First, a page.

Kameny believes the courts can be an effective battleground in the war for homosexual rights, and he has advised HOPS to seek a temporary court injunction against the University that would reinstate the organization’s privileges as a chartered student organization. HOPS is presently investigating the legal procedure by which this can be done.
Further, he has suggested that the homophile group bring a charge of criminal conspiracy against Murphy and Oswald for conspiring to deprive persons of their constitutional rights.
Kameny is convinced the University “does not have a legal leg to stand on” in the HOPS case. He estimated that between 50 and 75 campuses across the country have homophile organizations which are completely legal and enjoy university approval.
As Kameny and HOPS continually point out, there are no laws in the state which make it illegal to be a homosexual. There are laws which prohibit certain sex acts between two persons -- even between man and wife -- but these laws are seldom enforced.
Kameny discounted the argument that the University administration -- fearing a ruckus in the state legislature similar to the one raised last fall when 24-hour visitation in campus residence halls was made official -- moved against HOPS with one eye on the upcoming appropriations fight. “You cannot make people’s rights contingent on the prejudices of legislators. Rights are rights, period.”
Kameny and other leaders of the gay movement, Tina Mandel of Daughters of Bilitis, Wayne Steinman of the Gay Activist Alliance in New York and Barbara Gettings of the Homophile Acton League in Philadelphia, were in State College over the weekend to conduct Colloquy workshops on homosexuality.
Their other reason for being here was to provide moral support and tactical advice to HOPS, now facing its first major challenge from the University administration.
Miss Mandel, co-chairwoman of the New York chapter of Daughters of Bilitis, the oldest lesbian organization in the country, saw Murphy’s action an attempt by the administration to shove the HOPS controversy aside, hoping the organization will fall apart.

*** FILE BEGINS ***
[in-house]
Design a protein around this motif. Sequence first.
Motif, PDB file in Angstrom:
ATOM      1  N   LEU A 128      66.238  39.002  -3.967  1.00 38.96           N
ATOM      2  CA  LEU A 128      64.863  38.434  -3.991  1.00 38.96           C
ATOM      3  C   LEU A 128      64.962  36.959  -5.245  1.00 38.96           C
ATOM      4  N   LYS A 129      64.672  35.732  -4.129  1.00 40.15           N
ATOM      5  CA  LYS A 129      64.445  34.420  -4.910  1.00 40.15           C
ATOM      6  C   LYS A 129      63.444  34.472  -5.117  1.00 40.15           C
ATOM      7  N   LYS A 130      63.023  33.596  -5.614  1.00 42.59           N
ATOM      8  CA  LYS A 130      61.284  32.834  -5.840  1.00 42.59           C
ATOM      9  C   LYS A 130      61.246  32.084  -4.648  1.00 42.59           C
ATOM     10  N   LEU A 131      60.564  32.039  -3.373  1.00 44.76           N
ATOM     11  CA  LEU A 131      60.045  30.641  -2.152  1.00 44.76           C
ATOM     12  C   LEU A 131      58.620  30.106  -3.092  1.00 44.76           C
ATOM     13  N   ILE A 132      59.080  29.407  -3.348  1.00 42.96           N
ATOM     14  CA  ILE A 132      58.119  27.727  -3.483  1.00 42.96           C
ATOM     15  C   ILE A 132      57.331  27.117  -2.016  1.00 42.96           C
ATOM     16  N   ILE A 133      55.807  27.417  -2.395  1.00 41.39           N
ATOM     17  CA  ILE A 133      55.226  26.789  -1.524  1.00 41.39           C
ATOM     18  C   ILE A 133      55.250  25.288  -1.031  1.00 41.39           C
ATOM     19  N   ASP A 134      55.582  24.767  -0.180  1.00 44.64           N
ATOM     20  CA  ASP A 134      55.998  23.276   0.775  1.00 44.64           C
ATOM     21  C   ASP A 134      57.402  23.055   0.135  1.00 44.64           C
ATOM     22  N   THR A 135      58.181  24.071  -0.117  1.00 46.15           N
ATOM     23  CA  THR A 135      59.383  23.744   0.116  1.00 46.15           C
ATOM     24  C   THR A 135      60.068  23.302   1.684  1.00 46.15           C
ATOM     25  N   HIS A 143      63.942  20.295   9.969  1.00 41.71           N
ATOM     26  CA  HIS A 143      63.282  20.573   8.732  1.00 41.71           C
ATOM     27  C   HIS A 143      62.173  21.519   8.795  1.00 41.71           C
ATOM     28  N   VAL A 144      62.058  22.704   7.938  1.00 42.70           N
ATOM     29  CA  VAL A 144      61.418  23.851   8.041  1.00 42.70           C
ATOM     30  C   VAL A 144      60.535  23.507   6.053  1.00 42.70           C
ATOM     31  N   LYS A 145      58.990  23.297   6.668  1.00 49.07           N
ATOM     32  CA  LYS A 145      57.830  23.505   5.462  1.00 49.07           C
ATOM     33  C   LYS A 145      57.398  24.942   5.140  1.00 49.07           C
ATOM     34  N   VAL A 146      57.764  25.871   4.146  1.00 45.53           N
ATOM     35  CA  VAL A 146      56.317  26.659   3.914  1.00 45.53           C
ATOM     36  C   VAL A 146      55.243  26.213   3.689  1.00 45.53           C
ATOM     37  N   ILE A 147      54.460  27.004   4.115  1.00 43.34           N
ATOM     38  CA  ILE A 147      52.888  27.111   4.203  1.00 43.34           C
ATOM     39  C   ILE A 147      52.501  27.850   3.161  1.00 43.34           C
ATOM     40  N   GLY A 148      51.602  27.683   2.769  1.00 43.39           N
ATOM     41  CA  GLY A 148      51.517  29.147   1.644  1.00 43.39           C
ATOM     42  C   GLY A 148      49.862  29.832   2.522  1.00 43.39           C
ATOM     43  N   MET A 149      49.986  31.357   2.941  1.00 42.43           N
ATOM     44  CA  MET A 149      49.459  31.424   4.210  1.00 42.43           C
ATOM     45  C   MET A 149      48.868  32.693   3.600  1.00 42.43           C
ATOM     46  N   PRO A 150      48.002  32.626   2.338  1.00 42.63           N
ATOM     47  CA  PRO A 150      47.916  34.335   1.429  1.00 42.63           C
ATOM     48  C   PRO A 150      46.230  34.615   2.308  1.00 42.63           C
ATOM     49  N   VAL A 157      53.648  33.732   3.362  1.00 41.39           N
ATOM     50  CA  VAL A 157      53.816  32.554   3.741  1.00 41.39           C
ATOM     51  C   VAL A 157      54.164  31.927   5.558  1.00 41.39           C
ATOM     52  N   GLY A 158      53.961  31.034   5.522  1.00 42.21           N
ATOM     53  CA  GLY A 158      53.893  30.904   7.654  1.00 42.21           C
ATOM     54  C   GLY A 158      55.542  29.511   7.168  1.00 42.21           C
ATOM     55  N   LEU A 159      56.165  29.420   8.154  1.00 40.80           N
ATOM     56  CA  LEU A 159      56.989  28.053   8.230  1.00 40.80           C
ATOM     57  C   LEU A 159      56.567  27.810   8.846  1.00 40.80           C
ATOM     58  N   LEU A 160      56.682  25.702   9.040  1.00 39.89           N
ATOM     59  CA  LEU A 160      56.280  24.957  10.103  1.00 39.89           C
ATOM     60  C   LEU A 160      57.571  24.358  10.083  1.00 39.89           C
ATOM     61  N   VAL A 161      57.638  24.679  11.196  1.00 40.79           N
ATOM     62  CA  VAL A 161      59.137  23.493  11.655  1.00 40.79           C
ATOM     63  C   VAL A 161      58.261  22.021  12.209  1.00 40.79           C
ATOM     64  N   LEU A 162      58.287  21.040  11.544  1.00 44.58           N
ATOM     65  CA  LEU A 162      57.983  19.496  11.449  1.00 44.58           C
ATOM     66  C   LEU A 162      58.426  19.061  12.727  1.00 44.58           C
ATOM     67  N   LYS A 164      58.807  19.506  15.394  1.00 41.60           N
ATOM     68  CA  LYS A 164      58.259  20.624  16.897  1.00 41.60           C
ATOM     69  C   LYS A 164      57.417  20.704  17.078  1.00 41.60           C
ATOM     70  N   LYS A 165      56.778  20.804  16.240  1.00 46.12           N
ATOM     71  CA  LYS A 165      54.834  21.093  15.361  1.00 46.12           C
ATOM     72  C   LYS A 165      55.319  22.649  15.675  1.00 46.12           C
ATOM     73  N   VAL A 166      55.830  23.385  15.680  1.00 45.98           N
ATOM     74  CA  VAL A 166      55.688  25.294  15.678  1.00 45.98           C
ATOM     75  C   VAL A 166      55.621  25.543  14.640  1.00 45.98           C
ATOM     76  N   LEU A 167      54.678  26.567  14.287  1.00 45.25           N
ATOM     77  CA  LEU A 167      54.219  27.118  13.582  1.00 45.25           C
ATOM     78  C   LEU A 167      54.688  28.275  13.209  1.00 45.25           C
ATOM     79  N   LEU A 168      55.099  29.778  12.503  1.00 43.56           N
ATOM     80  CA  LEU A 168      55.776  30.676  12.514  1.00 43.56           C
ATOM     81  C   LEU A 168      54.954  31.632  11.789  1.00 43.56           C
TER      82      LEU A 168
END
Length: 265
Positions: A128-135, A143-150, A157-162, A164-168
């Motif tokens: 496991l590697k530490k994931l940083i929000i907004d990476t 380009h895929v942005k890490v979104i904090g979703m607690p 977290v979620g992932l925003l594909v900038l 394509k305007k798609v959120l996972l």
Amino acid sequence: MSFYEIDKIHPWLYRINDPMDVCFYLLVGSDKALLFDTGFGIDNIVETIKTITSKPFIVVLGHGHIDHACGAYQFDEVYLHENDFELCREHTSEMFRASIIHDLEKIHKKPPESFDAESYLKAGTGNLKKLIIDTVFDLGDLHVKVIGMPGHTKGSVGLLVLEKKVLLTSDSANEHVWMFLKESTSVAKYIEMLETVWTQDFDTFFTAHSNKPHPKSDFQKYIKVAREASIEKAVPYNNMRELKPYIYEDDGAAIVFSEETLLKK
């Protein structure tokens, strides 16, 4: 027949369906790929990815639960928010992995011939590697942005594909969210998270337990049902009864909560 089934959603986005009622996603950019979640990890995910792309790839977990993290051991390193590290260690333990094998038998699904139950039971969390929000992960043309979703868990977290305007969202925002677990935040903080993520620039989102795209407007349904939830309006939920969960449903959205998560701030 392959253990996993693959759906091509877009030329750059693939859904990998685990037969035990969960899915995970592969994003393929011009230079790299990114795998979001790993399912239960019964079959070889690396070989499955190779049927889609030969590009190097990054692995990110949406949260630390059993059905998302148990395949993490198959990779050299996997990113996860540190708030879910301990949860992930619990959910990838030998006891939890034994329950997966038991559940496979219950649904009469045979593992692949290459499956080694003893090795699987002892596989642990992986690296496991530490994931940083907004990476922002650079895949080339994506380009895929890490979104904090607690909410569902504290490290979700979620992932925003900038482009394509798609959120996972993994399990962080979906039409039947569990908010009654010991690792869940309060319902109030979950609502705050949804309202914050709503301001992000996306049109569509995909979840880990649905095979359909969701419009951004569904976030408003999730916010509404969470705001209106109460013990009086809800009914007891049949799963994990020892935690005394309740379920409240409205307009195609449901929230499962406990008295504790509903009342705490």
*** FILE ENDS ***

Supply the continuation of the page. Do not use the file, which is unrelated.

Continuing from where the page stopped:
HOPS members vowed this will not happen. They said HOPS will not become another Tau Epsilon Phi. (Thu Epsilon Phi fraternity had its charter revoked last term after it initiated short-lived coed living program, which crumbled after 10 weeks).
The HOPS steering committee has made public its plans to work during the summer for the establishment of a Gay Liberation House off-campus. The house, they said, will be a center for gay social activities, discussions about homosexuality and counseling of homosexuals.
The latter is necessary, they said because personnel in the University Division of Counseling are hostile to ignorant of homosexual problems.
HOPS at present has a paid membership of 50, but members estimated there are at least 2,500 homosexuals on campus who have not joined because of reluctance to admit their sexual inclination or fear of the legality issue. Heterosexuals refrain from showing their support fearing “guilt by association.” they said.
But the members are pleased, and somewhat surprised, with the reaction from the University community. All agreed that “student response has been amazing.”
Apparently the enthusiasm with which Penn State homosexuals have “come out” astonished even the hard core HOPS members. One member who was instrumental in establishing last term’s Free University class on the gay subculture -- out of which HOPS grew -- compared the current gay scene to that of his 1956-60 undergraduate days at the University.
“It’s astonishing the difference, back then you could never have imagined it,” he said. “None of us involved with the Free University class had any idea it would come to this.”
HOPS members are confident they will win their battle with the University, and Saturday night they projected their thoughts toward future struggles in the Gay Liberation movement here.
Steinman, a young organizer of Gay Activist Alliance programs in New York, told of a current attempt by homosexuals at Columbia University to establish a gay student lounge.
That appealed to the HOPS steering committee, and they discussed, half-seriously, demanding of the University a gay interest house in a campus residence hall and, eventually, a means by which incoming freshmen could choose between a gay or straight roommate. All these, Steinman said, have been discussed at Columbia.
If. the Penn State phenomenon holds true -- things which happen on urban campuses, like black militancy and anti-war disruption, happen here two or three years later -- then it is not unlikely that these are some of the issues which HOPS can be expected to push in the future.
In the words of Frank Kameny, “Everything heterosexuals have, homosexuals are going to have.”